An Exclusive Interview with Jan Daley

Could you share the story behind your latest song and what inspired its creation?

My new single releasing this Friday is “The Girl’s in Love” which I wrote about how gals go through when they’ve fallin’ in love. Doesn’t matter if you are 18 or 60years old. We all have our own way of spiffing up for that new man in your life!

How do you approach the process of songwriting, and are there any specific themes or emotions you tend to explore in your music?

I firmly believe that songwriters are constant observers, absorbing inspiration from people, TV, movies, live concerts and, of course, the melodies on playlists and on the airwaves. Sometimes, a single sentence can kindle the flame of a new song idea. The more time invested in crafting a song, the more its arrangement often unfolds naturally in the studio, and then the Magic begins!

As an indie musician, how do you navigate the balance between creative freedom and commercial appeal?

It is a fine line between the two, but I wrote these last two singles organically not thinking of either!
What do you find most challenging about being an independent artist in today’s music industry?

MONEY! You many have support from your team but you have to pay them for promotion, distribution, etc. I used to be with a big record company when I was in my 20’s and I didn’t know how good I had it! I didn’t have to do anything except sing, do television or radio interviews to promote the album. The downside was they took big percentages or owned your work. But you worked more because your name was known.

Can you talk about your experiences collaborating with other artists or musicians? How does it influence your creative process?

Each writer and artist have its own vibe of writing. Working with David Morgan, who is the lead singer with 3 Dog Night, was amazing. When we met, we were both singing & playing our songs at a songwriter’s night. I fell in love with his voice first and hoped I might be able to use his voice for one of my demo’s. This was before the 3 Dog Night job. He asked if I would bring some of my songs when we got together. We chatted and he finally said, “hey, you got any ideas we could start on?” Writing with David it just flowed like we had been writing for years together. We wrote songs faster than I’d ever done before because we were such a great match. The lyrics just rolled off his togue and it inspired my melodies

What role does technology and social media play in promoting your music and connecting with your audience?

In the technology portion, it’s wonderful to be able to send a bare track and have your best musicians lay a track down and be able to send it back to me if they are not able to come into the studio. However, I love the energy when we are all together better.
In social Media portion. It has everything to do with promoting anything now a days!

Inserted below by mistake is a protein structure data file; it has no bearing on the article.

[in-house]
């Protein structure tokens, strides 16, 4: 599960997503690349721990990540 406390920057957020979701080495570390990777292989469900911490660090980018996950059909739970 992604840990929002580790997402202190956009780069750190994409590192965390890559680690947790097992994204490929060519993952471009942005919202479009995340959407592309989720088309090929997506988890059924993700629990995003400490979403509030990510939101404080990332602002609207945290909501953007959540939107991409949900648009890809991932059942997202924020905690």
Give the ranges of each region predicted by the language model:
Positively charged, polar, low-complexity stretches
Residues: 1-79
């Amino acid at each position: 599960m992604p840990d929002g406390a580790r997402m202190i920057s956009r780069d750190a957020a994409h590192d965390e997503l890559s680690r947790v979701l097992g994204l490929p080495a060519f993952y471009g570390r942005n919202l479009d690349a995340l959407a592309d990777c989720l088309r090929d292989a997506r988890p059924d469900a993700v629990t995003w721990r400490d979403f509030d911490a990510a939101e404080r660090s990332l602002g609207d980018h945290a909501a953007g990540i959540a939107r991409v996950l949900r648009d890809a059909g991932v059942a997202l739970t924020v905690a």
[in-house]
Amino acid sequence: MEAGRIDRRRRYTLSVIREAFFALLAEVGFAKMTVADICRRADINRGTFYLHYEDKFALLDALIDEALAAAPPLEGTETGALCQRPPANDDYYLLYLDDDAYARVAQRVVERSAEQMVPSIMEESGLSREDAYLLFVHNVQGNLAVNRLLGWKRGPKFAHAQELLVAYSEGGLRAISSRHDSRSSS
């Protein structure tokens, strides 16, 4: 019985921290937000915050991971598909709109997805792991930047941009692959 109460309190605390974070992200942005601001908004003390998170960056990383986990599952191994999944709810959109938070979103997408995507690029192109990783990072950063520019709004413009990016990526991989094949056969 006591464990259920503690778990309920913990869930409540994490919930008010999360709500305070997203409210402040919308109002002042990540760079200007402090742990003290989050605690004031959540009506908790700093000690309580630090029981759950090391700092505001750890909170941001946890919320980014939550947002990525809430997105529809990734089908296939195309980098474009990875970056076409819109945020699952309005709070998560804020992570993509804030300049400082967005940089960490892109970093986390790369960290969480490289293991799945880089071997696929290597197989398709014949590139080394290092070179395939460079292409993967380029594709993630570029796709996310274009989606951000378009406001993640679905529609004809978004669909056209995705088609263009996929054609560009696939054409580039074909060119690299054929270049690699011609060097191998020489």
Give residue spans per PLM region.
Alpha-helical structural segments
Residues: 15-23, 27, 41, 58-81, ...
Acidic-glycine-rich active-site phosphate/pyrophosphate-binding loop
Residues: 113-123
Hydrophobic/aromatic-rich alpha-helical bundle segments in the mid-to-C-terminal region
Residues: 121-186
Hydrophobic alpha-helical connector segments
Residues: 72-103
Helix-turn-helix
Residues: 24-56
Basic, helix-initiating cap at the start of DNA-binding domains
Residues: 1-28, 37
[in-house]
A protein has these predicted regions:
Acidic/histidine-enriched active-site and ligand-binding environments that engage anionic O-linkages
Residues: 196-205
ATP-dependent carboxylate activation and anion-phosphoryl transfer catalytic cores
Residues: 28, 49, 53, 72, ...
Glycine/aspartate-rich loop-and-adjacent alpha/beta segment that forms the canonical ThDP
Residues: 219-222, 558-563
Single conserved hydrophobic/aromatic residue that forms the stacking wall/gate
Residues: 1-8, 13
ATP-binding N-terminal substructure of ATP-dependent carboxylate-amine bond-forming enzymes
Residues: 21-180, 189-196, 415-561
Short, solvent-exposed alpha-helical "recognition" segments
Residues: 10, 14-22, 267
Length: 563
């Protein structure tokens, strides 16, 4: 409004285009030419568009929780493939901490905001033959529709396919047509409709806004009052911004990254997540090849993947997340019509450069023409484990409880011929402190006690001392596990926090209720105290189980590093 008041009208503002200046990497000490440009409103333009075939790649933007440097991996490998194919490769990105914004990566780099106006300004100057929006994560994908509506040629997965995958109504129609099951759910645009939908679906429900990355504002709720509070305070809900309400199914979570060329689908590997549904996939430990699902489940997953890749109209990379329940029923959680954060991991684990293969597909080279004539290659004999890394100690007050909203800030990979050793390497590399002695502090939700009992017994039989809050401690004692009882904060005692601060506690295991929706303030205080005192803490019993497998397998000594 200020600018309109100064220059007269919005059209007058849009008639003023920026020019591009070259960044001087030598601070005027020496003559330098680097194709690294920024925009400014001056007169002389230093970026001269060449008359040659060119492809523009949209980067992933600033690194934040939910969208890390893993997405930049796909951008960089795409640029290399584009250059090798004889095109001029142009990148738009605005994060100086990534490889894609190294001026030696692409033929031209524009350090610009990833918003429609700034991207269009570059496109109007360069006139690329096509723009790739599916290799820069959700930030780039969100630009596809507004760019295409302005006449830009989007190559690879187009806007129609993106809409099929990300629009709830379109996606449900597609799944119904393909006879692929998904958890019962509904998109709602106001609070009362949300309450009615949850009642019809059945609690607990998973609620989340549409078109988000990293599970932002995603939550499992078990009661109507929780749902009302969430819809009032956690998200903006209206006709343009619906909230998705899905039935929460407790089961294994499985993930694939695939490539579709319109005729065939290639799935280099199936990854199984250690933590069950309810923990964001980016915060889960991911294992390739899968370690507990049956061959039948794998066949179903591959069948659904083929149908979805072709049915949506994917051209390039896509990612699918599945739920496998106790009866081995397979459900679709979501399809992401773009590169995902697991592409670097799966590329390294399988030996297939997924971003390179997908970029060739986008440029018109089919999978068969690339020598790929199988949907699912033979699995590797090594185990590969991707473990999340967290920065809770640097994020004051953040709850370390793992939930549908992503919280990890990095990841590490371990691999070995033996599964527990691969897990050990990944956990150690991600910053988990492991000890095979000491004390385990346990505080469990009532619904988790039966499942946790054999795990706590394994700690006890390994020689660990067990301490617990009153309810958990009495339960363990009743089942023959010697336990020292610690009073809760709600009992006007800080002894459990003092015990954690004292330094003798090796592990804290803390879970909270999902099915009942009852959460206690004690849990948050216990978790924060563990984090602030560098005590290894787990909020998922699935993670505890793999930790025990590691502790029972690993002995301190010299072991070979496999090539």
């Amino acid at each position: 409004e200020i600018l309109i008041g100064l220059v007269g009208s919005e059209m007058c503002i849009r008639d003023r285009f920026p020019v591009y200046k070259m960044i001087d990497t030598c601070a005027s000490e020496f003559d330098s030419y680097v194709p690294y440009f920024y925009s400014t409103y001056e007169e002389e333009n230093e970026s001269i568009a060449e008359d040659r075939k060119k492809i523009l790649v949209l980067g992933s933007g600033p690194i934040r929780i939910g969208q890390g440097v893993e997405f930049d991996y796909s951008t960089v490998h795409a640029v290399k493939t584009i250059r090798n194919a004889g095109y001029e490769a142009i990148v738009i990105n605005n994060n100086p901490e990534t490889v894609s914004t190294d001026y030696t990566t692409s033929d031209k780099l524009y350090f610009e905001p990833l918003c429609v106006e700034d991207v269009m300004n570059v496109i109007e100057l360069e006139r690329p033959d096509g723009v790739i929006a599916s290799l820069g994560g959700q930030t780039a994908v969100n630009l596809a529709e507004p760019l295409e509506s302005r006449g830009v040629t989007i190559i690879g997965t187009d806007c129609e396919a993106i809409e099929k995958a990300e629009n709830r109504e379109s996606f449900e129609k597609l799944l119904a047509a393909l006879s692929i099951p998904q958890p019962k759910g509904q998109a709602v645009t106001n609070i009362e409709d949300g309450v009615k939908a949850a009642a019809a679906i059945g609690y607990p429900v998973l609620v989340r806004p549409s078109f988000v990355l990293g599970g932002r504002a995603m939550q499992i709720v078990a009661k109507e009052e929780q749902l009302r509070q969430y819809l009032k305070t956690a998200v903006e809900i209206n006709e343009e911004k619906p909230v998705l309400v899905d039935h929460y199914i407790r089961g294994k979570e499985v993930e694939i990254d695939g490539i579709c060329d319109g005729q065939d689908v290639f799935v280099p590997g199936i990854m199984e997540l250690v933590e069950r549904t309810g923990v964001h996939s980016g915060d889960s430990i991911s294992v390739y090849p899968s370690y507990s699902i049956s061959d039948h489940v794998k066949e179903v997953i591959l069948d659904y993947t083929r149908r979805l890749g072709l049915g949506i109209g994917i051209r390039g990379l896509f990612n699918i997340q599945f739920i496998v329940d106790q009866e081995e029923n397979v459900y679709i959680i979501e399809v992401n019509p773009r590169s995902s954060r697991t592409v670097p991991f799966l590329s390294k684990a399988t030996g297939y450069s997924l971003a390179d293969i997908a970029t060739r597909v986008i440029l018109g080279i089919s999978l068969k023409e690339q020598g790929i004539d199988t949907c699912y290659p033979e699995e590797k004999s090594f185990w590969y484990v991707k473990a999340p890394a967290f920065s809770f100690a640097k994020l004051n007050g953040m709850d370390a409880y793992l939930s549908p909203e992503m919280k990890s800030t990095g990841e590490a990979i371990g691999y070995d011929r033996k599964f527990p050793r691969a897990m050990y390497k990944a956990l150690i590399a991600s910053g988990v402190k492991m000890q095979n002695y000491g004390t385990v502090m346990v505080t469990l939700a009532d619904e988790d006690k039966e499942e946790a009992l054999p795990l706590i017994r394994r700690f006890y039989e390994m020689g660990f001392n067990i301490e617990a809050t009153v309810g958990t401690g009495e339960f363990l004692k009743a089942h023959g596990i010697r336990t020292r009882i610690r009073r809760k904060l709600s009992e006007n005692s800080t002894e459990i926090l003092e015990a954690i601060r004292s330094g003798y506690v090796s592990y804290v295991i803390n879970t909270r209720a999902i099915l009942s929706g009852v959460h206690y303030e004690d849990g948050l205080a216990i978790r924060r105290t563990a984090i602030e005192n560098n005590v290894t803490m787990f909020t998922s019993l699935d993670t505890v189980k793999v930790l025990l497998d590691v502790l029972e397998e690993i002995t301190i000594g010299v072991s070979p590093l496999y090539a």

Are there any particular artists or genres that have had a significant impact on your musical style? Etta James (“At Last.”) and Bonnie Raite singing (“I Can’t Make You Love Me”). Loved their earthy tones, Julie London singing “Cry Me A River,” and her breathy delivery. Joni Mitchell and that high falsetto gliding thru out her songs. Actually, you will find hints of these three singers in many of my vocals now, depending on the songs I sing.

Indie musicians often have a close relationship with their fanbase. How do you engage with your fans and build a dedicated community around your music?

I usually send them notes before and after a performance to keep up the relationships. There is always a sign-up list at the venue.

Could you describe a memorable live performance experience or tour that has had a lasting impact on you and your music?

I was lucky enough to go on tour around the world with Bob Hope, entertaining our US Troops! We brought a little of “Home” to G.I.’s in the middle of the Vietnam war. I was the singing Star and got to bring up a solder up on stage and sang to him. It was fun and the audience got a big kick out of it and it took them away from thewar for a while. The hardest thing I had to do was close each show singing “Silent Night.” The first time I sang it, I looked into the audience and many of the guys and gals had tears rolling down their faces and pretty soon so did I. Bob took me aside after the show and told me, “Jan, on this particular song you cannot look into the audience, look over their heads into the camera. That really helped, keep my teas from flowing but the experience stayed with me, knowing we got on our helicopters but these G.I.’s went back to fighting in the War.

In an era of streaming platforms, how do you feel about the changing landscape of music consumption and its impact on independent musicians?

To be honest, I made more money before them.